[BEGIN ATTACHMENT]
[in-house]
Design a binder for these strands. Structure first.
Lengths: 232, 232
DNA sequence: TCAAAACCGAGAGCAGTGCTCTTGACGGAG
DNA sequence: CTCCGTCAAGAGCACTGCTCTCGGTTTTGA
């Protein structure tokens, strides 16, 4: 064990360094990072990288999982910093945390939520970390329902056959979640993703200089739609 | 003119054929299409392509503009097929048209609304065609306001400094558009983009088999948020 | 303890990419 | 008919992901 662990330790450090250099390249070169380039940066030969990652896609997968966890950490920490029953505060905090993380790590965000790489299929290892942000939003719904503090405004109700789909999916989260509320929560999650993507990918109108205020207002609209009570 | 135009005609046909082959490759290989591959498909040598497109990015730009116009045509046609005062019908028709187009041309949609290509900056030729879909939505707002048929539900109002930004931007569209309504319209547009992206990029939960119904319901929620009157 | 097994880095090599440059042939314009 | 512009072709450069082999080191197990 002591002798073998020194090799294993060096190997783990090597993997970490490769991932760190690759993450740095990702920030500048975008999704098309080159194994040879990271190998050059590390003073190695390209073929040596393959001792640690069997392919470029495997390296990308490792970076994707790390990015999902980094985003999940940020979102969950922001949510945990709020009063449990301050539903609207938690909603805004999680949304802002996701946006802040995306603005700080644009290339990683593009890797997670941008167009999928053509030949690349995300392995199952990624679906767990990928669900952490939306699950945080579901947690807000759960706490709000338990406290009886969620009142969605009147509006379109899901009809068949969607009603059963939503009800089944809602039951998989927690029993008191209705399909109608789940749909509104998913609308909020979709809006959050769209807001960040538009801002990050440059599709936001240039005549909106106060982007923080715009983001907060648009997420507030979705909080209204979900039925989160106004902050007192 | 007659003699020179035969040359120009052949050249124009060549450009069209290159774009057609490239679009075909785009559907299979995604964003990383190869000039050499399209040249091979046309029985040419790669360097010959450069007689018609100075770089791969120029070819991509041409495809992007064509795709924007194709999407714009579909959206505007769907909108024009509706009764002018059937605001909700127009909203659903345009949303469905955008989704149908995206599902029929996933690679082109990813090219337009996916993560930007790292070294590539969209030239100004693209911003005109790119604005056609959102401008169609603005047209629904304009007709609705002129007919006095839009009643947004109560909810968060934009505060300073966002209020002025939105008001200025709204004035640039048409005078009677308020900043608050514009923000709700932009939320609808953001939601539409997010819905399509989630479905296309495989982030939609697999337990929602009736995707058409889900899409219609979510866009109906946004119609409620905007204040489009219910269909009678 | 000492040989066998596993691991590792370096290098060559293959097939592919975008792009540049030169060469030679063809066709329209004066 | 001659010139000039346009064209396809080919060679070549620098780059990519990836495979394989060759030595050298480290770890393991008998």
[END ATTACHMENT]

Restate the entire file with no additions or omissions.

[in-house]
Design a binder for these strands. Structure first.
Lengths: 232, 232
DNA sequence: TCAAAACCGAGAGCAGTGCTCTTGACGGAG
DNA sequence: CTCCGTCAAGAGCACTGCTCTCGGTTTTGA
């Protein structure tokens, strides 16, 4: 064990360094990072990288999982910093945390939520970390329902056959979640993703200089739609 | 003119054929299409392509503009097929048209609304065609306001400094558009983009088999948020 | 303890990419 | 008919992901 662990330790450090250099390249070169380039940066030969990652896609997968966890950490920490029953505060905090993380790590965000790489299929290892942000939003719904503090405004109700789909999916989260509320929560999650993507990918109108205020207002609209009570 | 135009005609046909082959490759290989591959498909040598497109990015730009116009045509046609005062019908028709187009041309949609290509900056030729879909939505707002048929539900109002930004931007569209309504319209547009992206990029939960119904319901929620009157 | 097994880095090599440059042939314009 | 512009072709450069082999080191197990 002591002798073998020194090799294993060096190997783990090597993997970490490769991932760190690759993450740095990702920030500048975008999704098309080159194994040879990271190998050059590390003073190695390209073929040596393959001792640690069997392919470029495997390296990308490792970076994707790390990015999902980094985003999940940020979102969950922001949510945990709020009063449990301050539903609207938690909603805004999680949304802002996701946006802040995306603005700080644009290339990683593009890797997670941008167009999928053509030949690349995300392995199952990624679906767990990928669900952490939306699950945080579901947690807000759960706490709000338990406290009886969620009142969605009147509006379109899901009809068949969607009603059963939503009800089944809602039951998989927690029993008191209705399909109608789940749909509104998913609308909020979709809006959050769209807001960040538009801002990050440059599709936001240039005549909106106060982007923080715009983001907060648009997420507030979705909080209204979900039925989160106004902050007192 | 007659003699020179035969040359120009052949050249124009060549450009069209290159774009057609490239679009075909785009559907299979995604964003990383190869000039050499399209040249091979046309029985040419790669360097010959450069007689018609100075770089791969120029070819991509041409495809992007064509795709924007194709999407714009579909959206505007769907909108024009509706009764002018059937605001909700127009909203659903345009949303469905955008989704149908995206599902029929996933690679082109990813090219337009996916993560930007790292070294590539969209030239100004693209911003005109790119604005056609959102401008169609603005047209629904304009007709609705002129007919006095839009009643947004109560909810968060934009505060300073966002209020002025939105008001200025709204004035640039048409005078009677308020900043608050514009923000709700932009939320609808953001939601539409997010819905399509989630479905296309495989982030939609697999337990929602009736995707058409889900899409219609979510866009109906946004119609409620905007204040489009219910269909009678 | 000492040989066998596993691991590792370096290098060559293959097939592919975008792009540049030169060469030679063809066709329209004066 | 001659010139000039346009064209396809080919060679070549620098780059990519990836495979394989060759030595050298480290770890393991008998």